EverBank Field serves as the home to the Jacksonville Jaguars of the AFC South Division. It is built on the site of the former Gator Bowl Stadium. EverBank opened in 1995 and holds 67,248 in its NFL configuration. Since opening, the stadium has gone through two major renovations, adding the MPS Group Terrace Plaza, the Bud Light Party Zone on Sky Patio and two new state-of-the-art scoreboards. It is well-designed, from a viewing perspective, as 75% of the seats are along the sidelines, with only 25% in the end zones. Just outside of the stadium, the team created a Fan Entertainment Zone @ Pepsi Plaza, which offers a three hour pre-game experience, complete with tailgate cabanas, food trucks, interactive games and live entertainment.
The FANFARE scale is our metric device for rating each stadium experience. It covers the following:
Each area is rated from 0 to 5 stars with 5 being the best. The overall composite score is the "FANFARE Score".
EverBank Field has a vast array of food and beverage options that will please any palate. Rather than generic concession stands, the stadium features outlets of many of Jacksonville's favorite restaurants. Among your choices are Bono's BBQ, Stadium Classics, the Gridiron Grill, Bubba Burger, Vinny's Pizza and Seabest Seafood. The beer selection is equally broad, as it features Blue Moon, Bold City, Bud Light, Coors, Corona, Heinekin, Landshark and a specialty drink known as the Hail Mary. Prices tend to be on the high side, with wings ($10), pulled pork sandwiches ($10), fish and chips ($10), grilled mahi ($9), popcorn ($6) and peanuts ($6). Domestic beers run around $8.00, with imports at $10. A nice feature at Everbank Field is several ticketed seating areas that have restricted access and have their own food service area dedicated to just that section, which keeps the lines at a minimum.
You definitely will want to bring a tailgate feast or plan to eat inside the stadium, as there are no outside restaurants in the immediate vicinity of the stadium. (See Neighborhood section for restaurant recommendations at the nearby Jacksonville Landing district).
The Jaguars are Jacksonville's only major league franchise, and the fans will support the team through thick or thin. In their early years, the Jaguars were very competitive under the leadership of Coach Tom Coughlin and Coach Jack Del Rio, and the team presently is rebuilding through their high draft picks. Jacksonville is also a city that does not take itself too seriously, and the atmosphere at the games is party-like, with plenty of opportunities to have a good time and enjoy the nice weather. One of the most unique features of EverBank Field is the State Farm Fan Cave. It is located in the Bud Light Party Zone, and offers a great view of the game, and has 18 TV's carrying the other NFL games of that day, along with 34 recliners and three bars. The stadium also adds to the enjoyment of the fans by having the two biggest video scoreboards in the world, which are even larger than the Dallas Cowboys' AT&T monsters. If it is a hot day or the game is out of reach, fans can cool off at one of two swimming pools perched over the end zones on the Clevelander deck.
If the long-suffering Jags fans prayers for a win aren't being heard, it won't be for a lack of churches nearby. There are eight churches located within a few blocks of EverBank Field. They include Baptist, Catholic, Methodist, Episcopal and Presbyterian denominations. If that doesn't cover all the bases, you can go to the adjoining Baseball Grounds of Jacksonville, home of the Jacksonville Suns. The stadium left an existing church standing on its property just past the left field foul pole (locals call it the "Amen Corner"). Completing this unique neighborhood is the Veterans Memorial Arena, which hosts Jacksonville University basketball, the Jacksonville Sharks of the Arena Football League and the Jacksonville Bullies of the Professional Lacrosse League and major music concerts. This unique pairing of churches/sports facilities offers you the opportunity to gamble, drink and cuss at the game, then atone for your sins before leaving the neighborhood.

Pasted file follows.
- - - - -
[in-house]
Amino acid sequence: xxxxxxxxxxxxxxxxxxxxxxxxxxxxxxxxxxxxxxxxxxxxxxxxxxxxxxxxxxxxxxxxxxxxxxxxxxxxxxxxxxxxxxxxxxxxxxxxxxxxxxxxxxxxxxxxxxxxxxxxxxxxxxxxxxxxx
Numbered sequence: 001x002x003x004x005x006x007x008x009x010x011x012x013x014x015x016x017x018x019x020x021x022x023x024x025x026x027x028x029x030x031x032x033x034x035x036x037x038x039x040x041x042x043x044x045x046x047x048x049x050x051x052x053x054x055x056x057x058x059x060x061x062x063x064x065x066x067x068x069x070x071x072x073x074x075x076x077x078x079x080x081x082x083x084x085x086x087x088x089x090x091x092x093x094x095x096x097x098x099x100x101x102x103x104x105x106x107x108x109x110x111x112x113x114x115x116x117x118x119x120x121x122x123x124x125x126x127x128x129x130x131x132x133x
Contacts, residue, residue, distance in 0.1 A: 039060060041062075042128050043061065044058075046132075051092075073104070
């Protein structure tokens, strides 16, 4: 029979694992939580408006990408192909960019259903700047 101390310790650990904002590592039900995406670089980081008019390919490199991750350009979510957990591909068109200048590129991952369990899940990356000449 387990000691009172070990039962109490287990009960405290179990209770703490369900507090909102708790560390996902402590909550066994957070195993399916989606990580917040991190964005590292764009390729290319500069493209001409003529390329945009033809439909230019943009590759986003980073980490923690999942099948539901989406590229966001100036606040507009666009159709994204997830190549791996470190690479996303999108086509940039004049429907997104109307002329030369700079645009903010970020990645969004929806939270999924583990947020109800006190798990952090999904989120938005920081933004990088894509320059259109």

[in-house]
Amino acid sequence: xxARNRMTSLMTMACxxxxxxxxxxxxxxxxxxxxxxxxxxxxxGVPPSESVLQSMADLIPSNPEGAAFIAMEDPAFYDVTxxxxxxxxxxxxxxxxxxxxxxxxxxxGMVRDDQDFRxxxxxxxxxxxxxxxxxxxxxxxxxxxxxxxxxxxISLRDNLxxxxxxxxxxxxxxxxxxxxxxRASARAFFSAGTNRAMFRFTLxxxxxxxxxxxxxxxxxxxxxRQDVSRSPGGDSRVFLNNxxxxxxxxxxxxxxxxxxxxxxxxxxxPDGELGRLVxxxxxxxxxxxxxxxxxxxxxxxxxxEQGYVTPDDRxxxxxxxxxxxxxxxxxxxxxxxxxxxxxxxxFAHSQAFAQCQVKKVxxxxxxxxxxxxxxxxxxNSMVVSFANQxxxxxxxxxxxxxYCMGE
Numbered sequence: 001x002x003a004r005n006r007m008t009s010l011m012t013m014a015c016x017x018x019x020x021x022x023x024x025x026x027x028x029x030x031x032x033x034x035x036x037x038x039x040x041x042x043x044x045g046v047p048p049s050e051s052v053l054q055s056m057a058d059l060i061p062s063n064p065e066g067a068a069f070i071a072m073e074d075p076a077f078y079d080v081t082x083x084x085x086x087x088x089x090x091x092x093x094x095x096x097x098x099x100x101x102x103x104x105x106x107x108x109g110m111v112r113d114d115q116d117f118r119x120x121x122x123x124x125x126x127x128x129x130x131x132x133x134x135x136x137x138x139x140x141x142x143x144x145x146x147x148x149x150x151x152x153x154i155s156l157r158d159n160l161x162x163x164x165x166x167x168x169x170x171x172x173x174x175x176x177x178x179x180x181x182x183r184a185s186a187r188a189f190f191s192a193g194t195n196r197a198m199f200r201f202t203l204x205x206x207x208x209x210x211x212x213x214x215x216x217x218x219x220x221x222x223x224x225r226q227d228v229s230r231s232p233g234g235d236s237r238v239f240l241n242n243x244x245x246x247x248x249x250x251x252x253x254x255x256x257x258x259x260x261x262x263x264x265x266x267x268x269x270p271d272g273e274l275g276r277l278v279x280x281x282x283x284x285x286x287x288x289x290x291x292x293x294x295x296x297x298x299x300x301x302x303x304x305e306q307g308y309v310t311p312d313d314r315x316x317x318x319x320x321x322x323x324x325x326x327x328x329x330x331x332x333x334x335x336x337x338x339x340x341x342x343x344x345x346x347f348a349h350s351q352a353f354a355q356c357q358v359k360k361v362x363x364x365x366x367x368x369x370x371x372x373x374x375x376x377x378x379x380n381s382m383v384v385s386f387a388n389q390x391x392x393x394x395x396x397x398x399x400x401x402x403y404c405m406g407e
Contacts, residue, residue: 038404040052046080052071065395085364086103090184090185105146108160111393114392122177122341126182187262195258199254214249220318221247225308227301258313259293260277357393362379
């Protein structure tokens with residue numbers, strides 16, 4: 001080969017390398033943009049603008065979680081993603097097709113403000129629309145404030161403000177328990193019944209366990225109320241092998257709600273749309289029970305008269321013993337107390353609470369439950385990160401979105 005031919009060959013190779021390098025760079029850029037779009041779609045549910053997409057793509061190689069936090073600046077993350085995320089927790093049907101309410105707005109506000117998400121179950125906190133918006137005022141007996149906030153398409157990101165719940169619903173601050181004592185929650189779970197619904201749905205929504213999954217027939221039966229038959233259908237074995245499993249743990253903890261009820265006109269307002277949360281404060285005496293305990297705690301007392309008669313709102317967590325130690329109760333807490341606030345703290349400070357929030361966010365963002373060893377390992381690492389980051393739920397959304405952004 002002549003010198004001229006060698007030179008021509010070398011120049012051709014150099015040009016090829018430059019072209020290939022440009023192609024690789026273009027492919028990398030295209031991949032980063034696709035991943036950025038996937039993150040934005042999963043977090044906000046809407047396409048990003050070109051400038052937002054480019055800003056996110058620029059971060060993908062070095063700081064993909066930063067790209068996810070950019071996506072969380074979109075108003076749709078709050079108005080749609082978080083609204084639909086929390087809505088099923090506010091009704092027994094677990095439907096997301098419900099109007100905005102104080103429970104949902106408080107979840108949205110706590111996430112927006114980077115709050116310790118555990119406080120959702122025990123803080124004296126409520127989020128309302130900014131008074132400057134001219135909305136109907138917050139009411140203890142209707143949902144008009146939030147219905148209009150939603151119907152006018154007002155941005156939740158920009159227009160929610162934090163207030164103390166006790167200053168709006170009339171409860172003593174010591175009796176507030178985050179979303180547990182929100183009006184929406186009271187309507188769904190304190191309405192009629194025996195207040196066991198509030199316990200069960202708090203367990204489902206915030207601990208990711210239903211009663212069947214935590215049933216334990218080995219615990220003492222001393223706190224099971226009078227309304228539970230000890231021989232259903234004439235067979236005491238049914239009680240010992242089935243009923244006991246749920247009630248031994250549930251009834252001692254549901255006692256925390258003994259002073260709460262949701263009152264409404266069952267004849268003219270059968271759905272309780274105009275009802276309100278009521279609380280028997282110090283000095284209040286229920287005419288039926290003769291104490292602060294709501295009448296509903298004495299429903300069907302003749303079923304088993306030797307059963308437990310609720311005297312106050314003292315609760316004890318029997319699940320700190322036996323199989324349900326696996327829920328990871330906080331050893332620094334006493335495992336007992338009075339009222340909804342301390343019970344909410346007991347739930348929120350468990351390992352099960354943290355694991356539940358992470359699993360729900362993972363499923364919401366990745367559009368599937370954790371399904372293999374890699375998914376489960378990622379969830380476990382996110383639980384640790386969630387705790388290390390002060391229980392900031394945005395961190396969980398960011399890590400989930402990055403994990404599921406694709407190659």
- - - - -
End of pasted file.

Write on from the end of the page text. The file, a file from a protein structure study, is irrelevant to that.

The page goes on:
Less than five miles from the stadium is Jacksonville Landing, an entertainment district along the St. John's River. Amongst the restaurants and nightlife located in the district are American Grill ($25 & up for dinner), Benny's Steak and Seafood ($25 and up for dinner) and MacCool's Irish Pub ($15 and up). Nightclubs in the development include Maverick's and the Voodoo Ultra Lounge. A majority of the hotels in town will be located just across the street or the river from Jacksonville Landing. Hotel brands include Hilton Garden Inn, the Omni Jacksonville, the Hyatt Regency and Days Inn.
Being in Florida, many of the fans are transplants from colder regions of the country that may have an allegiance to the NFL team of their younger years. It is not unusual to see a fan in JagWear for every game, except when a NY, Philadelphia, Boston or Minnesota team comes to town. For that one week, they bring out their old fan wear from their old home team. There is a definite pickup in attendance when teams from these areas travel to Jacksonville.
The team has created a strong local fan base by starting The Jungle, a fan club designed to make Jaguar fans more in touch with their local team. Leading this campaign is the team's very popular "hip cat" mascot Jaxson de Ville. Jaxson must truly have nine lives, as he enters the stadium before each game on a zip line attached to one of the stadium's light towers. He also makes countless visits to area schools to promote the NFL "Play 60" physical activity campaign.
The team's losing record over the last few years has, surprisingly, not dampened fan enthusiasm for the Jaguars. The scoreboards lead them through numerous cheers, and they celebrate each first down with a cheer of "move those chains" that is unique to the Jags franchise. New ownership, a new coach , high draft picks and a great stadium experience give fans some reason for hope that the team will return to its winning ways of its early years in the near future.